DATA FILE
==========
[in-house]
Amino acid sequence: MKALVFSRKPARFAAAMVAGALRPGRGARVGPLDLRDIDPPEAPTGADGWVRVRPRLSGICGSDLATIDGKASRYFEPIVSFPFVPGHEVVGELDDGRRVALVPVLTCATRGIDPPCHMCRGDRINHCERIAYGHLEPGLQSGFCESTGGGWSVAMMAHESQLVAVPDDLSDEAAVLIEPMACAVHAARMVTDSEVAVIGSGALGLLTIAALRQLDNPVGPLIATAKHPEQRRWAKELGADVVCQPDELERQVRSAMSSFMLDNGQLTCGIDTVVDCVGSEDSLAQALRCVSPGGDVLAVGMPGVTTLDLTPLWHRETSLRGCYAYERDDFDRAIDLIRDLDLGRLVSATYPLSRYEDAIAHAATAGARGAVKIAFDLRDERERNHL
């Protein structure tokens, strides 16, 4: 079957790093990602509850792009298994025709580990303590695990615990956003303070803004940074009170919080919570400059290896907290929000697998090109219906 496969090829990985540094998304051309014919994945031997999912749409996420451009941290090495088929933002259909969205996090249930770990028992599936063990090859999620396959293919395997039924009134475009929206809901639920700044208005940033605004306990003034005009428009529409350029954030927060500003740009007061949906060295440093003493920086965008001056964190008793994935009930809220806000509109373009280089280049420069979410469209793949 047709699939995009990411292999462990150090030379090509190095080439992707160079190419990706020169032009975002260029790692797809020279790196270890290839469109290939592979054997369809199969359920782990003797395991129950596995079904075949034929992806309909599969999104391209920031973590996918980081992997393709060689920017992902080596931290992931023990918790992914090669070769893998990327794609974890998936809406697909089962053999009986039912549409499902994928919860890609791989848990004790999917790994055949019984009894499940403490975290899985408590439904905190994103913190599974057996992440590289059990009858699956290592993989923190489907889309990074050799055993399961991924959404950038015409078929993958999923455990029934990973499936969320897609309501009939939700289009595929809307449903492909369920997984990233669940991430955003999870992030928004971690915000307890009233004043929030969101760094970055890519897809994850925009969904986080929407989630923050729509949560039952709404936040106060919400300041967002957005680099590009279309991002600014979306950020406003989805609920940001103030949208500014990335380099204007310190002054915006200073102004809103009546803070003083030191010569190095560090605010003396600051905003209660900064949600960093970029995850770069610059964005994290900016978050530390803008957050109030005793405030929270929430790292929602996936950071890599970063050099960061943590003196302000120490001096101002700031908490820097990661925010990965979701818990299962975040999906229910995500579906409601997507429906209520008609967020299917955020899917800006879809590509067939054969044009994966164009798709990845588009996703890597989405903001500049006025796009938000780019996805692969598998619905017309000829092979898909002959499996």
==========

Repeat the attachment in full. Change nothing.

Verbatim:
[in-house]
Amino acid sequence: MKALVFSRKPARFAAAMVAGALRPGRGARVGPLDLRDIDPPEAPTGADGWVRVRPRLSGICGSDLATIDGKASRYFEPIVSFPFVPGHEVVGELDDGRRVALVPVLTCATRGIDPPCHMCRGDRINHCERIAYGHLEPGLQSGFCESTGGGWSVAMMAHESQLVAVPDDLSDEAAVLIEPMACAVHAARMVTDSEVAVIGSGALGLLTIAALRQLDNPVGPLIATAKHPEQRRWAKELGADVVCQPDELERQVRSAMSSFMLDNGQLTCGIDTVVDCVGSEDSLAQALRCVSPGGDVLAVGMPGVTTLDLTPLWHRETSLRGCYAYERDDFDRAIDLIRDLDLGRLVSATYPLSRYEDAIAHAATAGARGAVKIAFDLRDERERNHL
């Protein structure tokens, strides 16, 4: 079957790093990602509850792009298994025709580990303590695990615990956003303070803004940074009170919080919570400059290896907290929000697998090109219906 496969090829990985540094998304051309014919994945031997999912749409996420451009941290090495088929933002259909969205996090249930770990028992599936063990090859999620396959293919395997039924009134475009929206809901639920700044208005940033605004306990003034005009428009529409350029954030927060500003740009007061949906060295440093003493920086965008001056964190008793994935009930809220806000509109373009280089280049420069979410469209793949 047709699939995009990411292999462990150090030379090509190095080439992707160079190419990706020169032009975002260029790692797809020279790196270890290839469109290939592979054997369809199969359920782990003797395991129950596995079904075949034929992806309909599969999104391209920031973590996918980081992997393709060689920017992902080596931290992931023990918790992914090669070769893998990327794609974890998936809406697909089962053999009986039912549409499902994928919860890609791989848990004790999917790994055949019984009894499940403490975290899985408590439904905190994103913190599974057996992440590289059990009858699956290592993989923190489907889309990074050799055993399961991924959404950038015409078929993958999923455990029934990973499936969320897609309501009939939700289009595929809307449903492909369920997984990233669940991430955003999870992030928004971690915000307890009233004043929030969101760094970055890519897809994850925009969904986080929407989630923050729509949560039952709404936040106060919400300041967002957005680099590009279309991002600014979306950020406003989805609920940001103030949208500014990335380099204007310190002054915006200073102004809103009546803070003083030191010569190095560090605010003396600051905003209660900064949600960093970029995850770069610059964005994290900016978050530390803008957050109030005793405030929270929430790292929602996936950071890599970063050099960061943590003196302000120490001096101002700031908490820097990661925010990965979701818990299962975040999906229910995500579906409601997507429906209520008609967020299917955020899917800006879809590509067939054969044009994966164009798709990845588009996703890597989405903001500049006025796009938000780019996805692969598998619905017309000829092979898909002959499996």